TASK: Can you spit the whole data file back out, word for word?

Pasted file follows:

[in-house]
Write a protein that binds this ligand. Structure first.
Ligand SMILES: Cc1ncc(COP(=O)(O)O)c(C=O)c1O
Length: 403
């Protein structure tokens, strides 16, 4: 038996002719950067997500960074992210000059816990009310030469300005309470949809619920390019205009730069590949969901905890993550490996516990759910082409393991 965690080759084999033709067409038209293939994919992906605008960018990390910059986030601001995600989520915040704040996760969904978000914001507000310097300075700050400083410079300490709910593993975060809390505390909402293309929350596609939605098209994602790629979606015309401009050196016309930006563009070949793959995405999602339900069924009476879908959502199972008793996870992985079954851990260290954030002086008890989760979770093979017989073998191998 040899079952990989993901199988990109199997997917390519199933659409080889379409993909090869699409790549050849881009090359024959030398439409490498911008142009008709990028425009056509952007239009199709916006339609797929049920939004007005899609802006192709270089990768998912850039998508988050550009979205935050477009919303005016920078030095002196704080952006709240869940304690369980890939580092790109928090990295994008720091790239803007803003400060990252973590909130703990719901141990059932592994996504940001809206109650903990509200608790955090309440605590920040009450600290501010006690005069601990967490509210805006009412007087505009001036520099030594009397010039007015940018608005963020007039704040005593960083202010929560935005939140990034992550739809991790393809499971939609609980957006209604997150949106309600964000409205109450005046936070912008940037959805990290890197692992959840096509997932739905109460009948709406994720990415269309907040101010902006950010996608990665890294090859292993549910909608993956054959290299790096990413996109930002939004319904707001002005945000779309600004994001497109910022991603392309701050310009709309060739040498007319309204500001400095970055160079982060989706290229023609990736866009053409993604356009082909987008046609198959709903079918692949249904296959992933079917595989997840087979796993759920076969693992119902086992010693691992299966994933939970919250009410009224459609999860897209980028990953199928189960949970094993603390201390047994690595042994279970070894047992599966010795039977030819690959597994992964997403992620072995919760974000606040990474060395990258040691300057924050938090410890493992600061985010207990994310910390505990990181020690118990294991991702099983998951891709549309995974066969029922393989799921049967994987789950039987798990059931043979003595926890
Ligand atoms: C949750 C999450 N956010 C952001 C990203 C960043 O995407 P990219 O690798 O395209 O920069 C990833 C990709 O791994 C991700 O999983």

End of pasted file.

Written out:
[in-house]
Write a protein that binds this ligand. Structure first.
Ligand SMILES: Cc1ncc(COP(=O)(O)O)c(C=O)c1O
Length: 403
């Protein structure tokens, strides 16, 4: 038996002719950067997500960074992210000059816990009310030469300005309470949809619920390019205009730069590949969901905890993550490996516990759910082409393991 965690080759084999033709067409038209293939994919992906605008960018990390910059986030601001995600989520915040704040996760969904978000914001507000310097300075700050400083410079300490709910593993975060809390505390909402293309929350596609939605098209994602790629979606015309401009050196016309930006563009070949793959995405999602339900069924009476879908959502199972008793996870992985079954851990260290954030002086008890989760979770093979017989073998191998 040899079952990989993901199988990109199997997917390519199933659409080889379409993909090869699409790549050849881009090359024959030398439409490498911008142009008709990028425009056509952007239009199709916006339609797929049920939004007005899609802006192709270089990768998912850039998508988050550009979205935050477009919303005016920078030095002196704080952006709240869940304690369980890939580092790109928090990295994008720091790239803007803003400060990252973590909130703990719901141990059932592994996504940001809206109650903990509200608790955090309440605590920040009450600290501010006690005069601990967490509210805006009412007087505009001036520099030594009397010039007015940018608005963020007039704040005593960083202010929560935005939140990034992550739809991790393809499971939609609980957006209604997150949106309600964000409205109450005046936070912008940037959805990290890197692992959840096509997932739905109460009948709406994720990415269309907040101010902006950010996608990665890294090859292993549910909608993956054959290299790096990413996109930002939004319904707001002005945000779309600004994001497109910022991603392309701050310009709309060739040498007319309204500001400095970055160079982060989706290229023609990736866009053409993604356009082909987008046609198959709903079918692949249904296959992933079917595989997840087979796993759920076969693992119902086992010693691992299966994933939970919250009410009224459609999860897209980028990953199928189960949970094993603390201390047994690595042994279970070894047992599966010795039977030819690959597994992964997403992620072995919760974000606040990474060395990258040691300057924050938090410890493992600061985010207990994310910390505990990181020690118990294991991702099983998951891709549309995974066969029922393989799921049967994987789950039987798990059931043979003595926890
Ligand atoms: C949750 C999450 N956010 C952001 C990203 C960043 O995407 P990219 O690798 O395209 O920069 C990833 C990709 O791994 C991700 O999983």